Goochland County, Virginia, wills and deeds, 1736-1742
Goochland County, Virginia, wills, 1742-1749
St. James Northam Parish Vestry book, 1744-1850, Goochland County, Virginia
Friday, December 17, 2010
Inscription on Marker
In Memory of Rutledge Dr. John Biddle Rutledge
Son of Colonel Joshua rutledge and Augustive Biddle Rutledge of Red Brick House Farm Harford County, MD
Born February 13, 1798 Died February 17, 1837
Princeton University (College of NJ) B. Litt 1818
Studied Medicine Baltimore MD
Married on October 14, 1823 to Lucinda Dillard Ward Rutledge
Their four children
Joshua Biddle Rutledge
Martha Henry Augusta Rutledge Pigg
Eliza Lucinda Rutledge Johnston
Virginia jane Rutledge Pigg
Built and lived in Monteflora
loving husband, Father, Patriot and Physician
His wife Lucinda was the daughter of Henry Ward and Martha Barbour. Lucinda and John were married on the third floor ball room of the Mansion House of John Ward.
Thursday, December 16, 2010
I found this grave marker and unfortunately the writing is almost disappeared. I could read some of it.
Ann Dillard Born February 19, 1751 Died 1816
Ann Dillard was the child of John Ward of the Mansion and Ann Chiles Ward. Her first husband was Christopher Lynch. The son of Charles Lynch and Sarah Clark Lynch. They are said the have had two children; Penelope that died at the early age of 13 or 14 and Nancy. Nancy married Sam Mitchell, a Methodist preacher. Christopher Lynch died in 1782 and she then married Benjamin Dillard. They had a son Lynch Dillard.
Lynch Dillard married Mildred Ward on January 28, 1810. Mildred and Lynch Dillard were cousins.
Mildred was the daughter of William Ward and Mildred Adams Ward.
William Ward was the son of John Ward and Ann Chiles and the brother of Ann Ward Lynch Dillard.
Mildred Adams Ward was the daughter of Robert Adams and Penelope Lynch. Penelope was the sister of Christopher Lynch who was Ann Dillard's first husband.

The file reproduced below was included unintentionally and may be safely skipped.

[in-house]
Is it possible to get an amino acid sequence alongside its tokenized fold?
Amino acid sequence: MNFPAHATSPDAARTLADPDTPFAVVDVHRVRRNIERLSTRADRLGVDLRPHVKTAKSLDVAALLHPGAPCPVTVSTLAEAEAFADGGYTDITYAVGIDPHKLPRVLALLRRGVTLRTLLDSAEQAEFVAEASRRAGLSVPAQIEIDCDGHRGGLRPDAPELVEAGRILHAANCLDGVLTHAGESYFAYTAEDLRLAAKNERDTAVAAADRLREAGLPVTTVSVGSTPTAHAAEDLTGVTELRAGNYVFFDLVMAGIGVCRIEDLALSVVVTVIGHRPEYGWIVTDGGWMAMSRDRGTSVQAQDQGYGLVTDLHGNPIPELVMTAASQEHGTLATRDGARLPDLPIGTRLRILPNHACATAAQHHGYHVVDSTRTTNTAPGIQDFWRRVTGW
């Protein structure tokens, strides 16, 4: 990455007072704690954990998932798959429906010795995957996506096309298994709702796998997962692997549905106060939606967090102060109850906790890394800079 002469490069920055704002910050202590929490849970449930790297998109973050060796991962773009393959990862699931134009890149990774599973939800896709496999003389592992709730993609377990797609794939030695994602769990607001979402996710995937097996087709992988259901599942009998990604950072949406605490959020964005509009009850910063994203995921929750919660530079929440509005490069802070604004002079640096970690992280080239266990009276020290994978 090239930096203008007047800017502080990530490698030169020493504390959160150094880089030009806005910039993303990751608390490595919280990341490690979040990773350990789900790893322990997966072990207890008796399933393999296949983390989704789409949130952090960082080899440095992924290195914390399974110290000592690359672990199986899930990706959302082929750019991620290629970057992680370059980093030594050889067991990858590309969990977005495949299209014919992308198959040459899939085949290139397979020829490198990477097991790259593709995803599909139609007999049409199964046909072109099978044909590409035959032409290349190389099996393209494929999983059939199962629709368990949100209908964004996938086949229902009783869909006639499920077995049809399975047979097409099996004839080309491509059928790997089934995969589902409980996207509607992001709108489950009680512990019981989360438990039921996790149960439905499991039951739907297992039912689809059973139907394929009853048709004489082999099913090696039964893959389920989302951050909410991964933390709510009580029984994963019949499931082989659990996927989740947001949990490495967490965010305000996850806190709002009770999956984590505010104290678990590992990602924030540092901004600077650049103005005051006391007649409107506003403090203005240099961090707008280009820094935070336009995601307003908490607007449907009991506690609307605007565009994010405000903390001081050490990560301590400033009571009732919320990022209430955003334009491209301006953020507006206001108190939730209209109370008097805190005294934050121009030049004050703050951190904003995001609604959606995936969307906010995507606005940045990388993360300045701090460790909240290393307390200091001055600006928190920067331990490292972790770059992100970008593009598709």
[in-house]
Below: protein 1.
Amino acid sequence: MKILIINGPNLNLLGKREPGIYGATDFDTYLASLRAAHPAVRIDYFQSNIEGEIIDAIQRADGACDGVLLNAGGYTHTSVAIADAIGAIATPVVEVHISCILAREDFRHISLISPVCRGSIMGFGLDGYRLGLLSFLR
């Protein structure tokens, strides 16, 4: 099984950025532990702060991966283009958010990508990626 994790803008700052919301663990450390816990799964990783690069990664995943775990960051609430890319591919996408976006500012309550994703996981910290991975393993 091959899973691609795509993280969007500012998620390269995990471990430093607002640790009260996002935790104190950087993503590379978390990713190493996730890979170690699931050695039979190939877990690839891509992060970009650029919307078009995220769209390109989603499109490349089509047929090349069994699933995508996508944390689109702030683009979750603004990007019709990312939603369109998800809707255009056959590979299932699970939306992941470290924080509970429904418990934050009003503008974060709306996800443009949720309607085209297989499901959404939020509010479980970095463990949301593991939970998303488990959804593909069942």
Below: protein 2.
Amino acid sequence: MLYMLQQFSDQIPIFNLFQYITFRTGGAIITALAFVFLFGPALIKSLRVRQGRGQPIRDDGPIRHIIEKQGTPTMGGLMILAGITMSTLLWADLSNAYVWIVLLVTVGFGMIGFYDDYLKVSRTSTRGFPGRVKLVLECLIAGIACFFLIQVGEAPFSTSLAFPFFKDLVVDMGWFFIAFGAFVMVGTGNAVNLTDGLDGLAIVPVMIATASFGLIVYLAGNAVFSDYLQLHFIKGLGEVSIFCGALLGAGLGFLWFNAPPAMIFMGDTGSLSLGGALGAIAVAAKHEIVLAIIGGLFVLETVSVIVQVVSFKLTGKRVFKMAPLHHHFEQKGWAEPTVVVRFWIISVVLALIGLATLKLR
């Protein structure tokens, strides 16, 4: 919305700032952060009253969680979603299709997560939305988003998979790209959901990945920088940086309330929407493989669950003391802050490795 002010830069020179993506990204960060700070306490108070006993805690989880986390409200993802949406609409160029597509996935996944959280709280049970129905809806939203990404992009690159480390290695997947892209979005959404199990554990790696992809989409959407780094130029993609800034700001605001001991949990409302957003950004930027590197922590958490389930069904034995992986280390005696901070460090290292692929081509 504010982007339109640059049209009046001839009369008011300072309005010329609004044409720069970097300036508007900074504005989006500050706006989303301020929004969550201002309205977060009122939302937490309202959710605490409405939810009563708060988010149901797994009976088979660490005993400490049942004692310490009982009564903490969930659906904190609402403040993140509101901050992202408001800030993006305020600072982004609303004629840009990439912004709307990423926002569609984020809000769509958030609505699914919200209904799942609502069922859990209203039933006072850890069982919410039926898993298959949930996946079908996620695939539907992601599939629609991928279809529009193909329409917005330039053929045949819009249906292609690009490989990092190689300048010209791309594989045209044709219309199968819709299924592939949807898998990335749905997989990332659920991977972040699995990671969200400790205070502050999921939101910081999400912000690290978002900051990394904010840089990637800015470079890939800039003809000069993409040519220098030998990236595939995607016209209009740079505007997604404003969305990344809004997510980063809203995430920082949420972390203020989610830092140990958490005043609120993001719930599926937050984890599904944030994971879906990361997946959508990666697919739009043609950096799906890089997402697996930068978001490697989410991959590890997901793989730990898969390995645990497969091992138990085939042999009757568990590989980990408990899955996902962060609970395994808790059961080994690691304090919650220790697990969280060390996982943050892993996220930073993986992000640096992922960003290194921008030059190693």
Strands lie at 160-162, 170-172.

This is can be so confusing. Sounds like a soap opera. And in the middle of all this there was an American Revolution and the War of 1812.
Campbell County, city of Lynchburg, Virginia : 1:50 000-scale topographic map (SuDoc I 19.108:37079-C
Lynchburg, the tobacco city1-CF-050/993)
I found this information in Campbell Chronicles and Family Sketches, Adams Biography, and Richmond Terrell and Timothy Terrell, Colonial Virginians.
Wednesday, December 15, 2010
The Virginia Magazine of History and Biography page 180
Henry Ward son of John Ward and Ann Chiles Ward born April 5, 1751 Died April 12, 1823
Married Martha Barbour
Campbell Chronicles and Family Sketches by Ruth Hairston Early page 527/528
Major Henry Ward, a commissary during the Revolution was active in providing for the American troops and was also issuing commissary to the Catawba Indians from February 21st till April 20, 1780. It is probable that these were the Indians who occupied the Camps and whose friendship Henry Ward gained by acts of kindness to them. After his death they came back to make him a call and were distressed to learn that their friend had passed away. In remembrance of his service to them they performed certain religious ceremonies to obtain by favorable sign the assurance that Ward has passed to the happy hunting grounds; this was effected by knocking heads together till the blood flowed from their nostrils and was caught in straws which they then held to the sun to discover if light showed through, thus indicating that he had reached the desired goal,-the perception of a favorble sign gave them much satisfaction.
Henry Ward received from his father, the land adjoining the ferry on the south side of Staunton river, land and the home place on the north side of Staunton and Otter Rivers and Cheese creek, the mill and tract on Old Woman's creek, the tract on the south side of the Staunton purchased of Henry Chiles and known as Jack's Place.
Children of Henry Ward:
Matilda Callaway, born 1800, m Thomas Tunstall Adams of Pittsylvania County; -
Lucinda Dillard, born 1801, m. 1823 Dr. John Biddle Rutledge of Maryland, their daughter Martha Henry married James Carter, whose daughter, Maud, married Nathaniel E. Clement, a member of the House of Delegates from Pittsylvania County, who served two terms, also served as a state senator.
Juliana born 1808, married John Wheeler Rutledge and moved to Maryland
Henrietta, born 1810, married 1828 Dr. William J. McIiheniny of Baltimore; moved to St. Louis
William, born 1814, moved to Missouri
Robert A, born 1817
Edwin Jeremiah born 1821 moved to Arkansas
Tuesday, December 14, 2010
Above is the gravemarker for John Ward. Beside his marker is possibly Sarah Clark Lynch Ward's marker which engraving has faded with time. John Ward's first wife Annie Childs Ward is listed on John Ward's stone, but she is not buried here. She died in 1765 and was buried on her brother Paul Chiles family graveyard which has disappeared with time. I have written a few blogs about John Ward. You will find them under the March 8, 9, 16, 22 and 23rd blogs.
Major John Ward
Annie Childs Ward